So why is it, then, that Australia feels so different to me now than just a decade ago?
A key irritant has been Australia’s apparent inability to understand its own good fortune. Other countries would gladly swap their positions for Australia’s economic and social situation, which is indeed enviable. However, in Australia the focus has shifted from grabbing opportunities to hiding under potential risks and side-effects.
Nowhere is this clearer than in Australia’s deplorably populist population debate. How a continent-sized country can believe its ‘carrying capacity’ is just around 22 million people is beyond me. There are far more opportunities in a young and growing population than in a stagnant and ageing one, as any European or Japanese demographer can confirm. Where is Australia’s ‘can do’ attitude when it comes to managing population growth? Since when have Australians become so frightened of embracing change, growth and opportunity?
The other development in Australia I notice with horror is the ‘Europeanisation’ of its politics. When I first lived here, John Howard was prime minister. Whether you liked him or not, you knew precisely where he stood. And Howard could give you his clear opinions on anything even in his sleep.
Howard single-handedly offered a healthy dose of polarisation and conviction politics to the political discourse in this country. You cannot say the same about the current leadership of both major parties. Lindsay Tanner was onto something when he complained about the rise of spin and the decline of substantial policy debates in his excellent book, Sideshow.
Australian politics is also becoming more and more European is in its tendency to announce grandiose schemes, which often fail to deliver. 'Building the Education Revolution', the 'New Car Plan for a Greener Future', or the 'National Broadband Network' – even the names sound like programs designed not in Canberra but in Brussels.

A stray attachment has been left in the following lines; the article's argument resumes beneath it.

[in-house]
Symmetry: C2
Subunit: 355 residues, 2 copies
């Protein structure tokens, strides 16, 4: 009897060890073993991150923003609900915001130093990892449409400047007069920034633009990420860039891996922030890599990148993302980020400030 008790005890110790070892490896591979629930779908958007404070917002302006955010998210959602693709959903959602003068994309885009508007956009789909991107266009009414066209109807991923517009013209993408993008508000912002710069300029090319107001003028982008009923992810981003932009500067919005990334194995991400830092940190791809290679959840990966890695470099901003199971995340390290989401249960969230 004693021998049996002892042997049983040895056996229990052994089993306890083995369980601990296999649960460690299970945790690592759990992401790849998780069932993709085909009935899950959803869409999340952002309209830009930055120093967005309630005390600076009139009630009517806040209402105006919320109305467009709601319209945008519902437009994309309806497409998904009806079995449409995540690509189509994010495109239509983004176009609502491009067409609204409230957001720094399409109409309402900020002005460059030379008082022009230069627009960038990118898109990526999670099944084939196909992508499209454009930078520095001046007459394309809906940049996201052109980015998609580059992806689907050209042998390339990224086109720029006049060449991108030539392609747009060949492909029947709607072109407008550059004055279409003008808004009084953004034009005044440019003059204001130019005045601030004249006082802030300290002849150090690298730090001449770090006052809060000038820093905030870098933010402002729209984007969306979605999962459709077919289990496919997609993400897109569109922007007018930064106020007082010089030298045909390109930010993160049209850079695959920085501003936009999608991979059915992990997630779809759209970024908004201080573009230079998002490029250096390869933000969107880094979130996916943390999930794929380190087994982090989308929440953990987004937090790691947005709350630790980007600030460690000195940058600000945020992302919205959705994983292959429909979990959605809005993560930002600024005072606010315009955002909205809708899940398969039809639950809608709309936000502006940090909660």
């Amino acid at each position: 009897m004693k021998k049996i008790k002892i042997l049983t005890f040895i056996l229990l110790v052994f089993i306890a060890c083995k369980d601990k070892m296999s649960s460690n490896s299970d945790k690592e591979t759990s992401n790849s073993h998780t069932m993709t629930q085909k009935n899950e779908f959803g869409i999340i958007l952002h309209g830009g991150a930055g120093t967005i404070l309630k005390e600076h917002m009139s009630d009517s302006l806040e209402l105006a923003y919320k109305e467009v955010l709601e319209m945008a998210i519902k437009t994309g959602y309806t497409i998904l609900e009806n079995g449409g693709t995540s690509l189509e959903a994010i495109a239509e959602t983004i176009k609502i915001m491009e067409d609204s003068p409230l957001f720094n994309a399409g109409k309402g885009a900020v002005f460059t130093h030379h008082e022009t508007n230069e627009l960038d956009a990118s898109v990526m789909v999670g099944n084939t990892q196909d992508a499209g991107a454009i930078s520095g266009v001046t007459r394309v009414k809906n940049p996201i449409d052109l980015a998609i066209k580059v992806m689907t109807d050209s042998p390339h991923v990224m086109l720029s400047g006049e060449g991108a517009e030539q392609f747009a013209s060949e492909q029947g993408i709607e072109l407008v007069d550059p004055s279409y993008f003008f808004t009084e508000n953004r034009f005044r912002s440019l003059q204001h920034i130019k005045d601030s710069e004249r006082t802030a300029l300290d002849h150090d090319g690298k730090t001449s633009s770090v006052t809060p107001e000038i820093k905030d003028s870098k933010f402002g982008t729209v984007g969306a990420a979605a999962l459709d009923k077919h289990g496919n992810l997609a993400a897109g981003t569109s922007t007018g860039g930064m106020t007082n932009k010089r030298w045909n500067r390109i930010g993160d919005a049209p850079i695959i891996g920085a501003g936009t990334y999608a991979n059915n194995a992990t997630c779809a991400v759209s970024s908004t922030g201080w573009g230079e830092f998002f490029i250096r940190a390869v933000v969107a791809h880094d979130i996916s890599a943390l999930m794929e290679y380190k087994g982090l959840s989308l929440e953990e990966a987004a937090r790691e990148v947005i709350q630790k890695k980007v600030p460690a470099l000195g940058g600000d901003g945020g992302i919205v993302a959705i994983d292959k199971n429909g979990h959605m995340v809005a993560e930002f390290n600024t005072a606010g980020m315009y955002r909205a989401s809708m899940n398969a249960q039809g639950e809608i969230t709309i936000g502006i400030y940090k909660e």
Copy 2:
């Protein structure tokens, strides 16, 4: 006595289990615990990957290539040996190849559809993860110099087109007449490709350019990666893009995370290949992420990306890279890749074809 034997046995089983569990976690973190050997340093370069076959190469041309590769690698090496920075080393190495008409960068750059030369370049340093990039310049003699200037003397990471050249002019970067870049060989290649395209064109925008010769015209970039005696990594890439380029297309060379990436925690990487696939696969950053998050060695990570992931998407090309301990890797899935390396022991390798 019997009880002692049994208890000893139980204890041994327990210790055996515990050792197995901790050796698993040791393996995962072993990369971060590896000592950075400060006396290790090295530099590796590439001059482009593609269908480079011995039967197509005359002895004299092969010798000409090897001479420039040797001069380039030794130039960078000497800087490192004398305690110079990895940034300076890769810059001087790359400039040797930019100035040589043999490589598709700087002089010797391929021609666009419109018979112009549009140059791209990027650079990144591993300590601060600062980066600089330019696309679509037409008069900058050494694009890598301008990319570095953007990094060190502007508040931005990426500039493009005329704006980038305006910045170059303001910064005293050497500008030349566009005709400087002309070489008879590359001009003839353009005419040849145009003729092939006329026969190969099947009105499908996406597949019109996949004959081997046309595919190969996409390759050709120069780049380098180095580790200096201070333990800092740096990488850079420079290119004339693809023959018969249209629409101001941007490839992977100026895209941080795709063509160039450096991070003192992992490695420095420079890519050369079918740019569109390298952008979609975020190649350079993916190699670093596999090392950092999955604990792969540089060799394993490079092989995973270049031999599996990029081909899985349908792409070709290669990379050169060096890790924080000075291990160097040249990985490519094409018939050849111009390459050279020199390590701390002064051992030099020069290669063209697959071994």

Just as in Europe, we are witnessing in Australia an expansion of government financed by deep debt. Australia only seems to be a decade or two behind Europe’s big spending governments, but we know what such policies have done to Europe.
To be clear, I am not leaving Australia because I had fallen out of love with it. And like Australia, I expect New Zealand to have its own singular problems. There is no such thing as a perfect country. But I can’t help feeling that something about Australia has changed for the worse since my first visit.
I wonder whether Australians take their good fortune too much for granted. Instead of celebrating the resources boom, Australians only wonder how they can tax it. Instead of celebrating their multi-ethnic success story, Australians spend a disproportionate time discussing illegal arrivals. Instead of appreciating its position close to booming Asia, Australians behave more and more like old Europeans.
As this second chapter of my life in Australia comes to a close, I hope to continue visiting and observing from across the Tasman – and maybe even adding a third chapter further down the track. But I equally look forward to starting a new chapter of my life in New Zealand where I will delve once again into a new country with all the fascination and excitement that it comes with.
Australia is a country that barely understands, let alone appreciates, its own luck. Being so close to good fortune can make us blind to it. I sincerely hope it will remain the lucky country.
Dr Oliver Marc Hartwich is a Research Fellow at the Centre for Independent Studies. He will be taking the position of executive director of The New Zealand Initiative in May. This column will return after a brief hiatus.